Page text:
Conservation-restoration of Leonardo da Vinci's The Last Supper

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Depictions of the Last Supper in Christian art have been undertaken by artistic masters for centuries, Leonardo da Vinci's late 1490s mural painting in Milan, Italy, being the best-known example.[1]

The conservation-restoration of Leonardo da Vinci's Last Supper is an ongoing project that has spanned many centuries. Completed in the late 15th century by the Renaissance artist Leonardo da Vinci, the mural is located in the refectory of the Convent of Santa Maria delle Grazie, Milan, Italy. The Last Supper was commissioned by Ludovico Sforza, Duke of Milan in 1495, as part of a series of renovations to the convent with the intention that the location would become the Sforza family mausoleum.[2] Work began on The Last Supper in 1495 and lasted until 1498.[2] The scene is understood to depict the Bible verse John 13:22, showing the reactions of the Twelve Disciples, at the Last Supper, in the moments following Jesus’s announcement that one among them will betray him.[3][4]

Techniques and Materials Used[edit]

When he received the commission for The Last Supper, Leonardo da Vinci had never worked on a piece of this great a size, fifteen feet high by almost twenty-nine feet wide.[5] He also had very limited experience working in the technique known as fresco, mixing pigment into wet plaster to create a permanent bond.[6] Traditionally, fresco painters put down many successive layers of plaster before and during the painting process.[7] This method requires fresco painters to work quickly and with a pre-set plan. However, this is not how Leonardo worked, and because of that, he chose a new technique of putting a mixture of oil and tempera paints onto a dry wall. According to Ross King, “In essence, [Leonardo] took tempera paints and mixed emulsifying oils into them.”[8] This allowed Leonardo to include richer colors, finer details, and at a slower work pace.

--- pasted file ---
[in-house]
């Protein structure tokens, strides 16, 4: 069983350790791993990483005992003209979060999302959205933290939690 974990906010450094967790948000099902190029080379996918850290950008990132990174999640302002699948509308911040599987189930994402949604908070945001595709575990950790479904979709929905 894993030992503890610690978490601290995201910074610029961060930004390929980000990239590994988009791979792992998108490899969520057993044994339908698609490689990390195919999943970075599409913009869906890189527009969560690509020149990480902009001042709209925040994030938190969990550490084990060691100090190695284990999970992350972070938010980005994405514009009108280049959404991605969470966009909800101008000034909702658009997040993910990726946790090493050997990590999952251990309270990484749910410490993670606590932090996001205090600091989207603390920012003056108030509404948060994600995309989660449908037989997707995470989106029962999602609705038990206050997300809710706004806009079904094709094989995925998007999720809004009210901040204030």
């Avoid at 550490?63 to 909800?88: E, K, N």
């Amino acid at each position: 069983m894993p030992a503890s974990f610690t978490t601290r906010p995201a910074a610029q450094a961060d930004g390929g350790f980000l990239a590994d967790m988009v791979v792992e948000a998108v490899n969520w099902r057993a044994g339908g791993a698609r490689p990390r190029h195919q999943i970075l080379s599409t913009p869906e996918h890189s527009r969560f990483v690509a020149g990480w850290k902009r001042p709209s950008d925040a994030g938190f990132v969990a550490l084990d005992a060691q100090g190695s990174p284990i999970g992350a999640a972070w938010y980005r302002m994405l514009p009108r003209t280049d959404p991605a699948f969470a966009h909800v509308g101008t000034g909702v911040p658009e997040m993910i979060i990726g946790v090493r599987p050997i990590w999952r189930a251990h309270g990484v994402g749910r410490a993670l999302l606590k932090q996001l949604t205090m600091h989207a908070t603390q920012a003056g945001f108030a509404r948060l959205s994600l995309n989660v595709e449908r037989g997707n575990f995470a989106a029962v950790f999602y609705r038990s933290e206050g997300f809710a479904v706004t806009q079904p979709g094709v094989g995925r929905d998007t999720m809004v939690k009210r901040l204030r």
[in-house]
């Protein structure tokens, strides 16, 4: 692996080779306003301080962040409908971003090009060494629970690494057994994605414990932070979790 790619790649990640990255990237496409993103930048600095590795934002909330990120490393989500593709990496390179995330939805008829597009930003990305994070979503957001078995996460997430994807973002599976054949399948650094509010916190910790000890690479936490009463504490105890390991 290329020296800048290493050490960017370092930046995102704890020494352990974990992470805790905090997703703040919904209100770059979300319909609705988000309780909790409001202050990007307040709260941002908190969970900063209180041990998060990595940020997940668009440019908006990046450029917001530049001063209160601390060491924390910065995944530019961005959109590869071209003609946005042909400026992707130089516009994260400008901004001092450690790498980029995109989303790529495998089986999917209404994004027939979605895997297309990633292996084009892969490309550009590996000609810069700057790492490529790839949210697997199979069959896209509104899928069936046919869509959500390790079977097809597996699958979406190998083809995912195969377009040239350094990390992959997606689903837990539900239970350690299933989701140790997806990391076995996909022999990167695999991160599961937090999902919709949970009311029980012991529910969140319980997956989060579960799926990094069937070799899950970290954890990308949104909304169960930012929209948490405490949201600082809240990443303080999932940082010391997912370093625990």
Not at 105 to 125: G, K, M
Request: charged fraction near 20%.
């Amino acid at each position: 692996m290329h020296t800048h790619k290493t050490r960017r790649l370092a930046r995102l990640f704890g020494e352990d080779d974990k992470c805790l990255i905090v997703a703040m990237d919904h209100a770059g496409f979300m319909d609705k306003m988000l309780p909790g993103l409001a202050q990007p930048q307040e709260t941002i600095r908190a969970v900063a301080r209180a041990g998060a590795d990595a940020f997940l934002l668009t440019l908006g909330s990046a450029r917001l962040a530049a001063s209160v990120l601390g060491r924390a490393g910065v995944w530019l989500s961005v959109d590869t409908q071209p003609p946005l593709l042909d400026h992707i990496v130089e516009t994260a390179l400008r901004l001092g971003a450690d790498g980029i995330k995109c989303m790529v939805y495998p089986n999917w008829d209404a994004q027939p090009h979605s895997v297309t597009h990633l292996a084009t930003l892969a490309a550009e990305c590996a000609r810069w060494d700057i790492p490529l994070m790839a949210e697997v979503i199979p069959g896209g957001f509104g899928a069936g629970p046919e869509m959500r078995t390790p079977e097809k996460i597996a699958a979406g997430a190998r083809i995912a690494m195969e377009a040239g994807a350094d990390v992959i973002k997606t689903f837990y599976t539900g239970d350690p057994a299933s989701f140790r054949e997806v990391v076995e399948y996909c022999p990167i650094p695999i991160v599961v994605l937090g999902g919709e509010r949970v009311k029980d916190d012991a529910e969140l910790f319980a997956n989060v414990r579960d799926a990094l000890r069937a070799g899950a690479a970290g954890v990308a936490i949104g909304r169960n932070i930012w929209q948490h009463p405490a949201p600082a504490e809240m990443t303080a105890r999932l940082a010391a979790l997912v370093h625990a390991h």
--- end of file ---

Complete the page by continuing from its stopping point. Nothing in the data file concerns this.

Leonardo da Vinci first coated the wall with a coat of plaster.[9] He then added a thin layer of calcium carbonate, magnesium, and animal glue to aid in binding.[9] After this, Leonardo added a primer coat of lead white.[9] Lead white was commonly used in Renaissance era paintings, but rarely used in frescoes. The issues with lead white in frescoes are that the large quantities can be highly toxic and, as it oxidizes, it turns a brownish color of lead dioxide.[10] Leonardo used red chalk and black paint on top of the lead white to sketch out his image, before adding countless layers of his custom mixed pigments.[10] Leonardo used a series of translucent glazes to finish the frescoes.[11]

Deterioration of The Last Supper[edit]

By 1517, Leonardo da Vinci's The Last Supper had already started to deteriorate. This fact was noted in many diaries and letters of the time. The corrosion of the work can be accredited to Leonardo’s unconventional painting technique for a work on a wall, as well as the surface itself. The refectory of Santa Maria delle Grazie sits in a low-lying part of the city, partial to flooding and dampness.[12] The reverse of the wall on which Leonardo painted is an exterior wall and would have absorbed moisture.[12] The painting was also exposed to the steam and smoke from the convent’s kitchen and from candles used in the refectory itself.[12] By 1582, it was recorded that The Last Supper was “in a state of total ruin.”[12]

Around 1652, a door was cut into the refectory wall, destroying the area in which Jesus's feet were depicted.[13]

In 1796, French forces, under the orders of Napoleon, took control of Milan and used the refectory of Santa Maria delle Grazie as their stables.[14] The men of these forces would spend their free time throwing rock, bricks, and horse manure at Leonardo's work.[14] 1800 brought a flood that would fill the refectory with two feet of water for 15 straight days.[14] Due to the standing water, the walls absorbed moisture, leading to a thick green mold covering the entire painting.[14]